KANSAS CITY, Mo. – A man who led police officers on a high-speed chase in a stolen car driving the wrong way on Interstate 70 was charged in federal court today with illegally possessing several firearms and more than two kilograms of methamphetamine.
Davon R. Williams, 28, was charged in a criminal complaint filed in the U.S. District Court in Kansas City, Mo., with one count of being a felon in possession of firearms, one count of possessing methamphetamine to distribute, and one count of possessing firearms in furtherance of a drug-trafficking crime.
According to an affidavit filed in support of today’s federal criminal complaint, Independence, Mo., police officers saw an orange Hyundai that had been reported as stolen parked on the west side of Hometown Studios, 14800 E. 42nd Street in Independence at approximately 10 a.m. Saturday, March 26. An officer placed a portable tire deflation device underneath the front passenger tire of the Hyundai to deflate the tire if someone attempted to leave in the vehicle. Officers kept the vehicle under surveillance until Williams got into the driver’s seat and a woman (who is not charged in this case) got into the front passenger’s seat. Williams was carrying a black zip bag and a white trash bag in one hand while shouldering a black backpack.
Police officers attempted to box in the Hyundai with their patrol cars, but Williams was able to flee from officers and circle around the parking lot, maneuvering through multiple parked vehicles as well as the police vehicles attempting to block him in. Williams made it to 42nd Street, where he began accelerating as police officers pursued him. Williams traveled to Noland Road before going onto the ramp to I-70, traveling westbound in the eastbound lanes of I-70.
Due to the substantial public safety risk by Williams entering into oncoming traffic, officers terminated their pursuit. An officer saw the Hyundai farther down the interstate, in the grass, with Williams and the woman running from the vehicle. Williams was carrying a black backpack. The woman was caught and taken into custody.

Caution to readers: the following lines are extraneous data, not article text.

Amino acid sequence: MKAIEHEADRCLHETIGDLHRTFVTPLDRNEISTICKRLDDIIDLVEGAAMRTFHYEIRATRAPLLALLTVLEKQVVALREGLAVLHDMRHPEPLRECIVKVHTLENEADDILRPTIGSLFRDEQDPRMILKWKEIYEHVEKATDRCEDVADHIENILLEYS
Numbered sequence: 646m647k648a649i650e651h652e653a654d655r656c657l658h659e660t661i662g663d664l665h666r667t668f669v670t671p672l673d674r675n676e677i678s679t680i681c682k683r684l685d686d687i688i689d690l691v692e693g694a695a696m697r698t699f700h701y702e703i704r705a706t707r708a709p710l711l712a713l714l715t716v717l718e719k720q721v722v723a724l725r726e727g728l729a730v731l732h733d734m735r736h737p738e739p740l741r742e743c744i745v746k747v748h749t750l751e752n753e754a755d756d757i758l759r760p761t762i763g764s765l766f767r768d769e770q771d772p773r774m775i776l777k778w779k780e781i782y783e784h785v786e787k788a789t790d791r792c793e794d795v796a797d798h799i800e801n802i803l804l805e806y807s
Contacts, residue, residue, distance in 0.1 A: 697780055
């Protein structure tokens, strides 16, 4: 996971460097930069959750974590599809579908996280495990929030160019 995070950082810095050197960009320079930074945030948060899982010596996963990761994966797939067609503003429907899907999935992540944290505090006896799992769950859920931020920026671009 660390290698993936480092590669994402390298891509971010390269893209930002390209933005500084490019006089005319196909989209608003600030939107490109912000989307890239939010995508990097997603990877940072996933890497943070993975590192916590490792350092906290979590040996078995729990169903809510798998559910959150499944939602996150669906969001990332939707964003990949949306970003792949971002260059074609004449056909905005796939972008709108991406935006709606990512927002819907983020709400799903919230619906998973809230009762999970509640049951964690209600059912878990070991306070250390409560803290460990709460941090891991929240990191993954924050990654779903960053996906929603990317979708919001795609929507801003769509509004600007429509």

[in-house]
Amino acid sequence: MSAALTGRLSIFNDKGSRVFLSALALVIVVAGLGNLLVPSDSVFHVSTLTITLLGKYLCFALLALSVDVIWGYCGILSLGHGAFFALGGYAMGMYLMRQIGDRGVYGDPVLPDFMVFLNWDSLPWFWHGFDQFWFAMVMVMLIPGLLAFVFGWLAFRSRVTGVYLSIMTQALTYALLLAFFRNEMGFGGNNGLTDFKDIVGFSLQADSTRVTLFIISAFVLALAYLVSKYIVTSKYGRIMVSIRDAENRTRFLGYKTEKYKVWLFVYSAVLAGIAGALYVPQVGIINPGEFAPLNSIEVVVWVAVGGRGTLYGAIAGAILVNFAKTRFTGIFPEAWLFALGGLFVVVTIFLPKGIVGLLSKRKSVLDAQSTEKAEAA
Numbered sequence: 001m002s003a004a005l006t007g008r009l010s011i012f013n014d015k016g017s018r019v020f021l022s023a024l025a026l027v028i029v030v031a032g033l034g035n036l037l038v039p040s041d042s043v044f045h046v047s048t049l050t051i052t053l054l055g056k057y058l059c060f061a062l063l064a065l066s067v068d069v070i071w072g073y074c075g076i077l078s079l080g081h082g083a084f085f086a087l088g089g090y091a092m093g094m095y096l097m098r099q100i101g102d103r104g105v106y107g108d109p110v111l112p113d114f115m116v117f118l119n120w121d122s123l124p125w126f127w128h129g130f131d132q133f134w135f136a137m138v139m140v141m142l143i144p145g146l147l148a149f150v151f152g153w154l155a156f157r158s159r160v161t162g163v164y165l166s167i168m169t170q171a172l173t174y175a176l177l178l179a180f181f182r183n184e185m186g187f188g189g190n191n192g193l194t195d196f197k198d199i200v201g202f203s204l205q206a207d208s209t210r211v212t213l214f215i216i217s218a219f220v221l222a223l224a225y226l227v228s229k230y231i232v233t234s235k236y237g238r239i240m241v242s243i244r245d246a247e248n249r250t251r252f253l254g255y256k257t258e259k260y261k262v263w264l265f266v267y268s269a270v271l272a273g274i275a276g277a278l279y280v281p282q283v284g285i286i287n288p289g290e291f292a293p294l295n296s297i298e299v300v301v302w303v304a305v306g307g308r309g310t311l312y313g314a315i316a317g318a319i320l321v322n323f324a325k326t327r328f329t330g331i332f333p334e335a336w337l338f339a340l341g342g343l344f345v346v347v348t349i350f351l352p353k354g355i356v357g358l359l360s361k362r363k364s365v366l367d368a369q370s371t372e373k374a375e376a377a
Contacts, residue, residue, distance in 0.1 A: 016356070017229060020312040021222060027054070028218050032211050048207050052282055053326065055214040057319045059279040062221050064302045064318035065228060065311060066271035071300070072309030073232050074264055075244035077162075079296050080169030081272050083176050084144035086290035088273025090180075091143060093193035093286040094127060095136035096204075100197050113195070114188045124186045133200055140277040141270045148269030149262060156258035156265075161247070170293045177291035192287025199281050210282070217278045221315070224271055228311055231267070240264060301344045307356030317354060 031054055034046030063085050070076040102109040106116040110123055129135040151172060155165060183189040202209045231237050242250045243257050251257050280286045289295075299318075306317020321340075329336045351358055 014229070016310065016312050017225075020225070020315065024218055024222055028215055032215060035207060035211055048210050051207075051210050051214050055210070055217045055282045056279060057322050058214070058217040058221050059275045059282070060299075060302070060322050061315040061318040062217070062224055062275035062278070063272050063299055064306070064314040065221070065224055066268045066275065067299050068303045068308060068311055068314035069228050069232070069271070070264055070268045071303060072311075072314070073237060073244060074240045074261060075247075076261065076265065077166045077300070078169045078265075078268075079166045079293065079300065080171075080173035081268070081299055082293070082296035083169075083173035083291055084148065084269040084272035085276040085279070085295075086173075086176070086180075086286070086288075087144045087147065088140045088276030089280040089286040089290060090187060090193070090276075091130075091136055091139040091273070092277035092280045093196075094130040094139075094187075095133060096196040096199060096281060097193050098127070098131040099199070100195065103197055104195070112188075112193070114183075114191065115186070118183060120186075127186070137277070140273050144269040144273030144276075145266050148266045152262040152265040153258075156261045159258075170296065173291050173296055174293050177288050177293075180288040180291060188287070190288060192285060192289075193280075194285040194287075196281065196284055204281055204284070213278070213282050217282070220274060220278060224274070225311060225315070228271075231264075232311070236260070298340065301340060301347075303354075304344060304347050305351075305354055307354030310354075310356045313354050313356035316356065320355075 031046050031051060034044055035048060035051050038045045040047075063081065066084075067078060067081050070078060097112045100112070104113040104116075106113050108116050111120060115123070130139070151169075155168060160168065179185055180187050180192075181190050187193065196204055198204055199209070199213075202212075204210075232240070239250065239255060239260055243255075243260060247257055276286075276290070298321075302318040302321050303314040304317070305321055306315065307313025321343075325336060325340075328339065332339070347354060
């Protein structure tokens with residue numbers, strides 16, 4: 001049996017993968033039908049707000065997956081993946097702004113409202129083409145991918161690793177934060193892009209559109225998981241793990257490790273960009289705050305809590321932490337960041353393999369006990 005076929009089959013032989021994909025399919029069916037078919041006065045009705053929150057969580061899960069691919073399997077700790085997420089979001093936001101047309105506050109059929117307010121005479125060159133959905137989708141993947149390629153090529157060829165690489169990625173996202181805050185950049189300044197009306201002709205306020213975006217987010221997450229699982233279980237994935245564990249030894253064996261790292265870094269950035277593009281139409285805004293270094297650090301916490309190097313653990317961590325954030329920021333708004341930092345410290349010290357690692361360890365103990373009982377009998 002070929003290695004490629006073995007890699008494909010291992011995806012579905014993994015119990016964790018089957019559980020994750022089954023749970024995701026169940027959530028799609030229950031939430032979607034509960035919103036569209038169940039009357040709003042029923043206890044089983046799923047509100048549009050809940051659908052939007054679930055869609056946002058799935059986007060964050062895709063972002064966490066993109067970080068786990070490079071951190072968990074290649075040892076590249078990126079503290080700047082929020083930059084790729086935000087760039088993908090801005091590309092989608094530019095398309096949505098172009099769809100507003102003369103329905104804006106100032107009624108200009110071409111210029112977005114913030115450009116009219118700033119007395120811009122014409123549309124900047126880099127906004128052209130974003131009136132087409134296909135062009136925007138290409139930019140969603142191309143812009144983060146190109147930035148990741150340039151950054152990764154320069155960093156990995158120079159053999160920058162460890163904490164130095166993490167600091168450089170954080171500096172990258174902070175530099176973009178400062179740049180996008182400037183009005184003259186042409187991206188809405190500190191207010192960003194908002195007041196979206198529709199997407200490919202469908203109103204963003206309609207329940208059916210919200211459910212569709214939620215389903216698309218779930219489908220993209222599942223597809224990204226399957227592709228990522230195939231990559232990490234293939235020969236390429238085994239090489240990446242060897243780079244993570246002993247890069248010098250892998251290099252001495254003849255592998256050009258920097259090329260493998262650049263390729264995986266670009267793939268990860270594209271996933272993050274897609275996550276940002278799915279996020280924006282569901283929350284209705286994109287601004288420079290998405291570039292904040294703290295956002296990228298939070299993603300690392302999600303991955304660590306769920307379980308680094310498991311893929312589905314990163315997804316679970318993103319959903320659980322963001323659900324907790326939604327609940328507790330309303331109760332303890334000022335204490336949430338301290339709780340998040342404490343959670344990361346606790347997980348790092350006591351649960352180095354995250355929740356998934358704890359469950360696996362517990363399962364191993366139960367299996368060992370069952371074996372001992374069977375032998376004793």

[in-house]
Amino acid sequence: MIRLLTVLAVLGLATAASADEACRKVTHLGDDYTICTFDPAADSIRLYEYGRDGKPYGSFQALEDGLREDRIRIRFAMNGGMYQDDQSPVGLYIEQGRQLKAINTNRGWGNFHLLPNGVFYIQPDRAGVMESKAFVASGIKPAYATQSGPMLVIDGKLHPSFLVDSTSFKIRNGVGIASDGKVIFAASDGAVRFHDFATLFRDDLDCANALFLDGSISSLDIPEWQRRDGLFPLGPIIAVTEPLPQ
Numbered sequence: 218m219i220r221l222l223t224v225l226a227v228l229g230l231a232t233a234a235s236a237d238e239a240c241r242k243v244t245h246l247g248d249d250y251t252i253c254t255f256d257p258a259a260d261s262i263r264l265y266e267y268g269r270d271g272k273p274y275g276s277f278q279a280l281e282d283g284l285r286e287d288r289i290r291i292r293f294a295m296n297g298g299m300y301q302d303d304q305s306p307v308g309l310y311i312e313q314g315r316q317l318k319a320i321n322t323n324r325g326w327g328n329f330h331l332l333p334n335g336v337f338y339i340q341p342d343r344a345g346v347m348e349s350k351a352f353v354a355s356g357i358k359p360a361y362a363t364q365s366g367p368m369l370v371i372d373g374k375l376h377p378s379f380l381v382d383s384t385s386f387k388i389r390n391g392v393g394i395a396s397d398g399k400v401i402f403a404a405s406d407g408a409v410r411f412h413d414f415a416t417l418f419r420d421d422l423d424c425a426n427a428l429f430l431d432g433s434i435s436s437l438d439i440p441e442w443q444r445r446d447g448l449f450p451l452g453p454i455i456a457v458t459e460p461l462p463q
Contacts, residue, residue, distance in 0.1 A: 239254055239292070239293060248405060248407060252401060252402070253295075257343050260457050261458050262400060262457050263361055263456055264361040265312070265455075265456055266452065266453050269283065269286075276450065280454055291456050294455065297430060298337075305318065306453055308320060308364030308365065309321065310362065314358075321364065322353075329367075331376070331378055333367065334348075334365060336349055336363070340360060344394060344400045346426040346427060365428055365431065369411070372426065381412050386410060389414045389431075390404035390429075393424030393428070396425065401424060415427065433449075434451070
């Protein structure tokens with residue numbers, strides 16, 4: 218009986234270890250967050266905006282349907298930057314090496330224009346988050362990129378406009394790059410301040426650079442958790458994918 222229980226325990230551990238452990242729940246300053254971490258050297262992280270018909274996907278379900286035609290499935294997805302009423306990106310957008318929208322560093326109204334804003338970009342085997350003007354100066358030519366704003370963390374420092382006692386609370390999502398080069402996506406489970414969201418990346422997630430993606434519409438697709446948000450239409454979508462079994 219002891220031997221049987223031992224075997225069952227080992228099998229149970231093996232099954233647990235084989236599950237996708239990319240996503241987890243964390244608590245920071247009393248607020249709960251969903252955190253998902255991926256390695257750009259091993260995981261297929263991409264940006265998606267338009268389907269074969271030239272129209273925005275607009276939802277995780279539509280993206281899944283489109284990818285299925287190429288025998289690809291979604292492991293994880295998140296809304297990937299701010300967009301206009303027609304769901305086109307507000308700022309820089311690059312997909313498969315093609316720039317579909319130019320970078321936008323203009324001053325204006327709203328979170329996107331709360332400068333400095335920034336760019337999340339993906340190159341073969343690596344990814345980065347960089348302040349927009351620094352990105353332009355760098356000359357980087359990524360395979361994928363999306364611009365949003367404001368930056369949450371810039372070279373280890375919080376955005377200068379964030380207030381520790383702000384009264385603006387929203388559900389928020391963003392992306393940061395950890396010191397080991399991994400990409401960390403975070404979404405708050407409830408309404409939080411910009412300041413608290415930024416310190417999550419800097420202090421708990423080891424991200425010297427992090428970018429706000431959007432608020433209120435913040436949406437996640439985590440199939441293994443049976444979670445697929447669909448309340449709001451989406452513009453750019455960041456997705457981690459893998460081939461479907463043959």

Williams was found walking westbound next to U.S. 40 Highway and began running from officers. An Independence police sergeant deployed his Taser, which struck Williams in the left elbow, and Williams continued to run and jumped the guard rail under the I-70 bridge on the south side of U.S. 40 Highway. The police sergeant jumped the guard rail and grabbed Williams, who was trying to jump back on the highway. They struggled and Williams was taken into custody.
Officers searched Williams, who had $7,581 and .9 grams of crack cocaine in his pants pockets. The backpack, which was located nearby, contained an SAR Arms 9mm firearm, 314 grams of marijuana, 92.4 grams of cocaine, 4.6 grams of powder cocaine, a plastic sandwich bag with five 30-milligram Oxycodone pills, and a sandwich bag that contained multiple sandwich bags with various pills believed to be ecstasy. On the ground next to the backpack was a loaded FNS 9mm handgun.
Officers searched the stolen Hyundai, which had severe damage, including airbag deployment. Officers found an AR-15 style rifle with no serial number in the back seat, loaded with 27 rounds of 5.56 ammunition and an additional round chambered. A black duffle bag, also in the back seat, contained a freezer bag with 1.022 kilograms of methamphetamine, a freezer bag with 1.027 kilograms of methamphetamine, a freezer bag with 111 grams of methamphetamine, a freezer bag with 170 grams of methamphetamine, and six sandwich bags that each contained between 26 and 29 grams of marijuana. A large white trash bag that contained three bags with a total of 1.238 kilograms of marijuana was also in the back seat.
Under federal law, it is illegal for anyone who has been convicted of a felony to be in possession of any firearm or ammunition. Williams has two prior felony convictions for the distribution, delivery, or manufacture of a controlled substance.
The charges contained in this complaint are simply accusations, and not evidence of guilt. Evidence supporting the charges must be presented to a federal trial jury, whose duty is to determine guilt or innocence.
This case is being prosecuted by Assistant U.S. Attorney Sean Foley. It was investigated by the Independence, Mo., Police Department and the Bureau of Alcohol, Tobacco, Firearms and Explosives.
Project Safe Neighborhoods
This case is part of Project Safe Neighborhoods (PSN), the centerpiece of the Department of Justice’s violent crime reduction efforts. PSN is an evidence-based program proven to be effective at reducing violent crime. Through PSN, a broad spectrum of stakeholders work together to identify the most pressing violent crime problems in the community and develop comprehensive solutions to address them. As part of this strategy, PSN focuses enforcement efforts on the most violent offenders and partners with locally based prevention and reentry programs for lasting reductions in crime.